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Michael Connelly and Alan Russell Talk "Burning Man"

Michael Connelly, best-selling author of The Black Box, interviews fellow author Alan Russell who just released the new action-packed police procedural Burning Man now available on Kindle and paperback.

Connelly-RussellMichael Connelly: Welcome back to the world of mystery writing! Where the hell have you been for the last decade? Did you become a golf pro? (Inside joke: Connelly has seen Russell golf which is not a pretty sight).

Alan Russell: I was writing, but mostly ghostwriting to pay the bills. I had my own secret titles for the books I wrote. There was Downstairs Flooring, and My Son’s Expensive Liberal Arts College. Actually, that was a trilogy, with parts I, II, and III. There was also, Dental Work, Two Bridges and an Implant, and my classic work, Upstairs Decking.

M.C.: Someone told me you were writing movie scripts.

A.R.: True. You want to hear my Oscar speech for best screenplay?

M.C.: Speaking of Hollywood, I always wondered why they didn’t make your novel Shame into a movie.

A.R.: It went in and out of option a few times. How was your walk on the red carpet when Blood Work and The Lincoln Lawyer hit the big screen?

M.C.: I had a blast with The Lincoln Lawyer. Blood Work was a good experience too, but the movie had only passing resemblance to the book.

A.R.: Anytime Hollywood wants to ruin one of my books, I’ll gladly let them.

BurningManM.C.: Maybe they’ll do it with Burning Man. What’s it about?

A.R.: It’s a cop story with two protagonists: an LAPD detective and his K-9 partner.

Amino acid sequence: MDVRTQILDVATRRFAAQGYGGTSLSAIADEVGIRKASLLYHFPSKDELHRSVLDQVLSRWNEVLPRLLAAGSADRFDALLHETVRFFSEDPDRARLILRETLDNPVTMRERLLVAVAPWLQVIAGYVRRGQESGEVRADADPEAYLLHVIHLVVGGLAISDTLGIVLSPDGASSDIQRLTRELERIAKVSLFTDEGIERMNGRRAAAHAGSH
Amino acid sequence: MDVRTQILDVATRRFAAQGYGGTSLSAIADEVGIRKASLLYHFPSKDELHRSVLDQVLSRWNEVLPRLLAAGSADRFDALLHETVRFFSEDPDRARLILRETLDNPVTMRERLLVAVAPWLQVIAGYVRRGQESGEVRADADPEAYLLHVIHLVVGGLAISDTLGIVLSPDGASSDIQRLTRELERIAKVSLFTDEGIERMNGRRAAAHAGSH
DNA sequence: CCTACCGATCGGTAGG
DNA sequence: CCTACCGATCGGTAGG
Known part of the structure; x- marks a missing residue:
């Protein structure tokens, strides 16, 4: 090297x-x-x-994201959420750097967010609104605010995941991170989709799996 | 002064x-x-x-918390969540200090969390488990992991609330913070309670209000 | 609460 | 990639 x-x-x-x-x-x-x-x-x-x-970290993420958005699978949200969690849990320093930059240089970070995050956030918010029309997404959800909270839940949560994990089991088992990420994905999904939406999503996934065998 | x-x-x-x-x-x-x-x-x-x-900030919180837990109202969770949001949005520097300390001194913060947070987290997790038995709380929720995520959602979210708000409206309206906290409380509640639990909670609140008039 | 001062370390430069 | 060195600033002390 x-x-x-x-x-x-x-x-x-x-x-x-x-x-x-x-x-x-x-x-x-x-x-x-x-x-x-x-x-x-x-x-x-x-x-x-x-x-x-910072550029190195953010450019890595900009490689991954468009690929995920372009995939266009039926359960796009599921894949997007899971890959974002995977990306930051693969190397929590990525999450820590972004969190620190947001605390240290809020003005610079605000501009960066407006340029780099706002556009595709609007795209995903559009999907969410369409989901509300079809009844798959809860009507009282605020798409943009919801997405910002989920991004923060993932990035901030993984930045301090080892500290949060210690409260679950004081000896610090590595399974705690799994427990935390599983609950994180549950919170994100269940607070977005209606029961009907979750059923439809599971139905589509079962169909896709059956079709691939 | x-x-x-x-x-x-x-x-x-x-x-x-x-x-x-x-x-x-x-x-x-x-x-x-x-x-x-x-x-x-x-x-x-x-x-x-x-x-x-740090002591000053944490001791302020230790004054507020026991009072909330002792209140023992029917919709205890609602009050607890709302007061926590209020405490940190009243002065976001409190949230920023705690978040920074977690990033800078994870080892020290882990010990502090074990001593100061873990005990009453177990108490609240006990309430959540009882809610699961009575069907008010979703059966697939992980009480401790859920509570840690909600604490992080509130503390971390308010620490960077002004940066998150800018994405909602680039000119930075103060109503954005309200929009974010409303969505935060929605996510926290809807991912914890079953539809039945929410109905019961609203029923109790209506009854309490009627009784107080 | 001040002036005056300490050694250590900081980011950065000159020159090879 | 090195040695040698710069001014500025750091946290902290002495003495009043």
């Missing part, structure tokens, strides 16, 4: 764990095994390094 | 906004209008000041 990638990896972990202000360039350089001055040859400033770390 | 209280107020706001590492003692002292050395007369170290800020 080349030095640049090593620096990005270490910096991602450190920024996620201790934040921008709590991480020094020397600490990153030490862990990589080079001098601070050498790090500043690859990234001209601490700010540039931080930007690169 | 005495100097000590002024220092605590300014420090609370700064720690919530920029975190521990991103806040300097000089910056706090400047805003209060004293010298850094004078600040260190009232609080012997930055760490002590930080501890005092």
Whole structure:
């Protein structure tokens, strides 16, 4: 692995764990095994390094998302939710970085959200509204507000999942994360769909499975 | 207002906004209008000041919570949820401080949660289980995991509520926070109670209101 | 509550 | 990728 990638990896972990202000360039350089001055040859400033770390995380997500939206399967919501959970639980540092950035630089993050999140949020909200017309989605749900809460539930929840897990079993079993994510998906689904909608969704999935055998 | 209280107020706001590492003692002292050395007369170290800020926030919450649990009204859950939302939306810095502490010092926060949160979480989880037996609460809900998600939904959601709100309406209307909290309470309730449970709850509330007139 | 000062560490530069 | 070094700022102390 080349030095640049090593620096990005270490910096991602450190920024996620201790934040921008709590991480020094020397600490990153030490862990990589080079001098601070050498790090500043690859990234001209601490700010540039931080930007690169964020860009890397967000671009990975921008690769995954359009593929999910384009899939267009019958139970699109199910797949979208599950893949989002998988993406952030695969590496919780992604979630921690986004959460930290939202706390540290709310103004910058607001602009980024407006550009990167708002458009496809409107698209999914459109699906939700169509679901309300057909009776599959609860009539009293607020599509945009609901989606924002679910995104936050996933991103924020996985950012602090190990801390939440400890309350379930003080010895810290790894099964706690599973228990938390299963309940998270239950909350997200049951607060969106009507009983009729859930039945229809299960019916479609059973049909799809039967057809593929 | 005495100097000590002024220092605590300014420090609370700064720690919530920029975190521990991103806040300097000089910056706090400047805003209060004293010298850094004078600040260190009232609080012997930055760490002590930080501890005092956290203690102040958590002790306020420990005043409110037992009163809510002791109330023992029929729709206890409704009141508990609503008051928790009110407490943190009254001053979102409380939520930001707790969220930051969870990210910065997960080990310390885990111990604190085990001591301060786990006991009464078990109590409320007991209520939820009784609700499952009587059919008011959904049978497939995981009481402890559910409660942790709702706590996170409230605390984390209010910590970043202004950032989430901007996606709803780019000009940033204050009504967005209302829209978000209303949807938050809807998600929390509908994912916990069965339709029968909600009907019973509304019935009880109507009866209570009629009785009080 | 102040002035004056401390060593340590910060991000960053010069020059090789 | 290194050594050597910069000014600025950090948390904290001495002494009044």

M.C.: Did you say LAPD?

A.R.: Imitation is the sincerest form of flattery, right?

M.C.:  Which subject did you find more interesting to research and write: humans or animals?

A.R.: I grew up with German shepherds, and currently have three dogs, so I am clearly a dog-lover. What I most enjoyed writing was the relationship between Gideon (cop) and Sirius (dog).

M.C.: What kind of research was needed?

A.R.:  When I wrote Multiple Wounds I was assigned to a homicide team in San Diego, but without an LAPD resource I did all the reading and research I could and hope it came out right. By the way, I love the videos on your website when you bring in real LAPD detectives.

M.C.: It’s fun to do. You have to be authoritative on what you write but you can get that from many sources. For example, I get most of what I need for Lincoln Lawyer from a couple of lawyers that practice in Florida.

A.R.: Research is important; good writing is even more important.

M.C.: Tell me about the title of Burning Man. I really like it. What’s it mean?

A.R.: In the prologue Gideon and Sirius go into a canyon fire to try and capture a notorious serial killer. They get their man, but barely survive. The physical scars are one thing, the mental scars another. Gideon doesn’t want to tell anyone about his PTSD from the fire. The only positive is that his suffering brings him inexplicable insights into the cases he’s working.

M.C.: And what cases are those?

A.R.: The set-up for the series is that Gideon and Sirius work the Special Cases Unit and get the unusual and different cases.

M.C.: Such as?

A.R.: In Burning Man they investigate a modern crucifixion.

M.C.: Not your everyday homicide.

A.R.: That’s something you know more than a little bit about.

M.C.: You’re not going to disappear for another decade, are you?

A.R.: No, you won’t be that lucky. I am working on a sequel to Burning Man.

M.C.: Don’t quote me on this, but I’m glad you’re back.

A.R.: It’s good to be back.

Learn more about Michael Connelly and browse his booklist on his author page. Also, Check out Alan Russell’s page featuring his titles Burning Man, Shame, and Multiple Wounds.

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